ARA welcomes Vic Budget small business measures, warns against payroll tax hike consequences

Australia’s peak retail body, the Australian Retailers Association (ARA) has welcomed measures to support small businesses in Victoria’s State Budget, but warned the new COVID Debt Levy will have economic consequences with Victoria now a very expensive place to do business.  

The changes of most interest to retailers in the 2023/24 Victorian State Budget include: 

  • The payroll tax free threshold will be increased from $700,000 to $900,000 in the next financial year, up to $1 million in 2025.
  • Businesses with national payrolls over $10 million per year will pay an additional5% payroll tax for the next decade. Businesses over $100 million per year will pay a further 0.5%. (a total of 1.0% increase for $100 million+ businesses)
  • Stamp duty on commercial and industrial properties changed to an annual property tax, applying 10 years after purchase. 
  • Phase out of the benefit of the tax-free threshold for larger businesses.

ARA CEO Paul Zahra described the Budget as a “mixed bag”. He praised sensible concessions for small business, but warned increased taxes on large retailers may lead to job cuts or costs being passed onto consumers.  

“Today’s Budget contains some positives for small business, but the wider economic implications are concerning,” Mr Zahra said.  

“While we understand the Government’s desire to repay debts accrued during the protracted pandemic lockdowns, we’re very concerned about the ramifications of payroll tax hikes on businesses. In effect, payroll tax is a tax on jobs.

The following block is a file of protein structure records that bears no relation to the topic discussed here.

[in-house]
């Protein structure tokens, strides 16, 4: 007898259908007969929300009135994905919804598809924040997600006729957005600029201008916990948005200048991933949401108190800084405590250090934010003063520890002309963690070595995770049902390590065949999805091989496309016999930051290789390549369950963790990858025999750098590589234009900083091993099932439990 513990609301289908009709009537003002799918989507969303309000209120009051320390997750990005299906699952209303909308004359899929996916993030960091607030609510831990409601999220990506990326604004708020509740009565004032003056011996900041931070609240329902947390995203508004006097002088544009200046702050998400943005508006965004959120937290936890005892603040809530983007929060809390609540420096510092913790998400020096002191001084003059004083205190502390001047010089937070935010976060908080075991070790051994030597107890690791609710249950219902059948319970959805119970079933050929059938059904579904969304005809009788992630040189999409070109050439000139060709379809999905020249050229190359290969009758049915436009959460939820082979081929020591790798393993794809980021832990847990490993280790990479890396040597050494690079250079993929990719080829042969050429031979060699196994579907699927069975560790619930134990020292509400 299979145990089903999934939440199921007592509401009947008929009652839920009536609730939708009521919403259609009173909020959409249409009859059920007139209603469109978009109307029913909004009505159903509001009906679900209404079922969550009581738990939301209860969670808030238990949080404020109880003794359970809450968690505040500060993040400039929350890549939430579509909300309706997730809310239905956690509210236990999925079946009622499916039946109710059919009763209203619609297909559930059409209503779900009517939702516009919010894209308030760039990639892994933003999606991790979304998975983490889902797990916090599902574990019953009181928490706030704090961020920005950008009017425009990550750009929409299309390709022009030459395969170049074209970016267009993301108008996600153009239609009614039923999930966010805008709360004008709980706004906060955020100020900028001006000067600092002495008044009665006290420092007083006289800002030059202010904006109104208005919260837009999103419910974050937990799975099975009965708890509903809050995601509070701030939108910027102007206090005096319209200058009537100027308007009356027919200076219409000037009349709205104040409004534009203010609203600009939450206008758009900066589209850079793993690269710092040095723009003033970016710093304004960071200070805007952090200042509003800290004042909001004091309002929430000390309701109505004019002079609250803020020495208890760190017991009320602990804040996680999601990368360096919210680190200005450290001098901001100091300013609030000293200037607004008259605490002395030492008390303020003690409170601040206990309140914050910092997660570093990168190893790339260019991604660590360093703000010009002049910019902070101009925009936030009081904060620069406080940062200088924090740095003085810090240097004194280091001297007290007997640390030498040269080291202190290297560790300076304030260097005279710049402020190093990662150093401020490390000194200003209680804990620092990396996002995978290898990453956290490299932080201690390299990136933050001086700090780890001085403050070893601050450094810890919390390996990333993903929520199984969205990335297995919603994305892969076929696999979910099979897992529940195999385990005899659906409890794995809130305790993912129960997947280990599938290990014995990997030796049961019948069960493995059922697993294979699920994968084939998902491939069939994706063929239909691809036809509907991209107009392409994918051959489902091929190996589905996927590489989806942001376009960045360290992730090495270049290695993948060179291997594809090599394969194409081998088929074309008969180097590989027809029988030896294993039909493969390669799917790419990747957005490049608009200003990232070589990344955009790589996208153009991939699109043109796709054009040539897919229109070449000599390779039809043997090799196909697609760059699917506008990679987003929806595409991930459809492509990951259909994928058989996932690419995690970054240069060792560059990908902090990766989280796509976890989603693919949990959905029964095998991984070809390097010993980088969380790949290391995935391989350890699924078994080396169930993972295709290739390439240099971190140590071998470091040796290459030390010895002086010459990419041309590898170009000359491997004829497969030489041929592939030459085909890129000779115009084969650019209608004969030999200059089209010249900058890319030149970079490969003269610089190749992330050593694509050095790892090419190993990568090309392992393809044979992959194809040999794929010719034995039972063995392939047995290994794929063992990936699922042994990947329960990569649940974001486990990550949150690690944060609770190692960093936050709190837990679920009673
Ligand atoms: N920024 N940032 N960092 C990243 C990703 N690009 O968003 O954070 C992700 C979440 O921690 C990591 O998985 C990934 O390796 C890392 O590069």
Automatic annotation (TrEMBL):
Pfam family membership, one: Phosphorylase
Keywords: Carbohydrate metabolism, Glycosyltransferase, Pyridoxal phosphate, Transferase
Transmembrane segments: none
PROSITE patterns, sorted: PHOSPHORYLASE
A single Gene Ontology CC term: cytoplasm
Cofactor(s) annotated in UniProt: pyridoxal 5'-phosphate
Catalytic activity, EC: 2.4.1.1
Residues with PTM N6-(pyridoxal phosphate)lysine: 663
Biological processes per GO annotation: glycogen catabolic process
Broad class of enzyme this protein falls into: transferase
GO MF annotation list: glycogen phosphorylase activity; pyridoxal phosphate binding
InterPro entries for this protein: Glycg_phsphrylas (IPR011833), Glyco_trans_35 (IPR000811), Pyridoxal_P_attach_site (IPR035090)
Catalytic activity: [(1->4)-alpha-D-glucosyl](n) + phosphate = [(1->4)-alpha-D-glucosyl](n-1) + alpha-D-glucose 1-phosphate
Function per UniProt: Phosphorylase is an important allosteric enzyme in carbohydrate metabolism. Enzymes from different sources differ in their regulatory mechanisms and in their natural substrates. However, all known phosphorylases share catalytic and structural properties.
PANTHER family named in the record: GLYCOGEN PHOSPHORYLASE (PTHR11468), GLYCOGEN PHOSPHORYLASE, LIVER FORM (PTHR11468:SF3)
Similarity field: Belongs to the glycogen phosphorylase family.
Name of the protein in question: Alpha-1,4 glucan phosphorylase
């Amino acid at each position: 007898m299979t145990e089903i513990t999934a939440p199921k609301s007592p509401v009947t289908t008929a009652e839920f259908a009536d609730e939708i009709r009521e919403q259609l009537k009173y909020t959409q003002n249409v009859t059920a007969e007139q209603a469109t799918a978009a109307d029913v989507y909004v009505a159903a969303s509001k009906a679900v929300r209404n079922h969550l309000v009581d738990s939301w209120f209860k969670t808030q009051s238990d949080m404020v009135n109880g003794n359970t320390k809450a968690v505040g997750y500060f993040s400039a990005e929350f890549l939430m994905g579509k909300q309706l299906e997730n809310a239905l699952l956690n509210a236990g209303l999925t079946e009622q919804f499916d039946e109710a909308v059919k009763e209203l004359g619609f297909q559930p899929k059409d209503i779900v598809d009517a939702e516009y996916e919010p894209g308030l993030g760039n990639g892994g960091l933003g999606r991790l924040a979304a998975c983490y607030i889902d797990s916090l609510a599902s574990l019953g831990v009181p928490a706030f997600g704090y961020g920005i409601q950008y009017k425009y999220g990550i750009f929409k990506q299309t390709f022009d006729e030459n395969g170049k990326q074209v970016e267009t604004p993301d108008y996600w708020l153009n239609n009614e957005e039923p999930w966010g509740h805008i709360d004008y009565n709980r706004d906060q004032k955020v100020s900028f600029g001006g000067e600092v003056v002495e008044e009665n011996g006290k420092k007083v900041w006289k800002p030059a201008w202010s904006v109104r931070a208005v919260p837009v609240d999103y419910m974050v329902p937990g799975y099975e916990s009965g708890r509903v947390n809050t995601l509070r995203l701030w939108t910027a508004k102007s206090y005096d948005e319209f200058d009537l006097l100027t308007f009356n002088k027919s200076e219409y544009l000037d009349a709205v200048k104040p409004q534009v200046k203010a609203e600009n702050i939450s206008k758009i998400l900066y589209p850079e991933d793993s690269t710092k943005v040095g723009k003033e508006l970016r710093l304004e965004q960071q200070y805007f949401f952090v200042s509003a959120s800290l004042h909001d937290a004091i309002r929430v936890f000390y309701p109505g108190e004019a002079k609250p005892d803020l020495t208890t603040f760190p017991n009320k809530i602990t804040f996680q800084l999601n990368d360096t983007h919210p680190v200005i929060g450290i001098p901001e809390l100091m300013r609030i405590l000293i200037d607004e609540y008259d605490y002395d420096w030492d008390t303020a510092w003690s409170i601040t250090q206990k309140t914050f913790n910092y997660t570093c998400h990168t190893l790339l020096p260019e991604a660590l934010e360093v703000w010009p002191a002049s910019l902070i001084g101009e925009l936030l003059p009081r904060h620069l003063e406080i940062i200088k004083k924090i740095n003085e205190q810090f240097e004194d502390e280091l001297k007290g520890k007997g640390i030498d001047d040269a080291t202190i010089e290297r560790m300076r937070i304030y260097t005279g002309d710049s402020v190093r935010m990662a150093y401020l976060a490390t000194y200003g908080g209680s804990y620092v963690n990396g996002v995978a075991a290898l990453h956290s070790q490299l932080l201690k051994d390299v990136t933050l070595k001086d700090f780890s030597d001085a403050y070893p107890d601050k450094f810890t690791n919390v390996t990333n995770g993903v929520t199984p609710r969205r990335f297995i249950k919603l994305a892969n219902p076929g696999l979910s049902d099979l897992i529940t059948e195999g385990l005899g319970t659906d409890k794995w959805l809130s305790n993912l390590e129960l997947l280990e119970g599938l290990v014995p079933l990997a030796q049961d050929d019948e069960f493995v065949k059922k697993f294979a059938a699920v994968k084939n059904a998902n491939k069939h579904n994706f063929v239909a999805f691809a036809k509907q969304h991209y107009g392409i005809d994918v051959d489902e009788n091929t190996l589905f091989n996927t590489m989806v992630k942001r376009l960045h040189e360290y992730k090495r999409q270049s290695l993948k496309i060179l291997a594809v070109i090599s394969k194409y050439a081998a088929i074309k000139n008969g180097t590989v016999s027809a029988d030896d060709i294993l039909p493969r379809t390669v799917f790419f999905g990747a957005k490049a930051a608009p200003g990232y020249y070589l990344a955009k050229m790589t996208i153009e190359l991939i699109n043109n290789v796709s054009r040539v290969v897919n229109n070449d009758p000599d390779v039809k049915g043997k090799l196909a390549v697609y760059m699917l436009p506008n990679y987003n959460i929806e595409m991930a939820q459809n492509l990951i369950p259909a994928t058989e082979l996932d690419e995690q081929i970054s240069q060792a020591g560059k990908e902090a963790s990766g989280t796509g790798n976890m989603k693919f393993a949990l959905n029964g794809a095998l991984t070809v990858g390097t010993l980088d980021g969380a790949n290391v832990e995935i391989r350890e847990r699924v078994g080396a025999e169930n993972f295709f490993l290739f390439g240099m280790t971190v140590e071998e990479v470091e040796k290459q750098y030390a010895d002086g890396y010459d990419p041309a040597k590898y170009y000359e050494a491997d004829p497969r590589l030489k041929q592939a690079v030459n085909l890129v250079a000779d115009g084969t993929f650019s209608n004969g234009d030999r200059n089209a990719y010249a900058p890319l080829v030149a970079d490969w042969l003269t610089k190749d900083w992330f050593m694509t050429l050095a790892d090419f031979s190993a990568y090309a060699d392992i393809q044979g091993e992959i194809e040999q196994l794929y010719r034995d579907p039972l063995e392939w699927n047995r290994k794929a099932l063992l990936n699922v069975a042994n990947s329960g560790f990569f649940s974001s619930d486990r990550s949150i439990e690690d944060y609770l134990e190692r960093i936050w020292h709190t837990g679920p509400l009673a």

“The cost of doing business is at crisis point for many retailers – from the costs of goods and services to supply chain costs, higher wages, higher rents and costs associated with retail crime.

“These new and increased taxes are likely to manifest in job losses and increased prices for customers which further contributes to the cost of living crisis.  

“Last week, the Government announced increases to WorkCover premiums and today significant increases to payroll tax – Victoria is one of the most expensive Australian states to do business.”

However, Mr Zahra welcomed the Government’s decision to raise the payroll tax free threshold for small business, up to $1 million by 2025. 

“This new $1 million threshold better serves small business. Wage growth has remained strong over recent years, so it’s great that the payroll tax free threshold will reflect this,” Mr Zahra added.  

“This is especially valuable for new small businesses, to have a wider net of tax relief while they’re first getting off the ground.  

The ARA also welcomed funding to support the delivery of an expanded state nomination visa program – streamlining access to skilled labour and praised the Government’s plan to abolish business insurance duties – reducing 1% each year from 2024.  

An investment of $30 million in the Business Acceleration Fund will support regulators to make it easier for small businesses to innovate and grow.  

Mr Zahra said he looks forward to engaging with the state’s first Economic Growth Commissioner who will investigate productivity opportunities and make recommendations on growth impediments that need to be addressed.  

“Victoria represents a quarter of the Australian retail economy so its critical that we see policies that help rather than constrain growth,” he said. 


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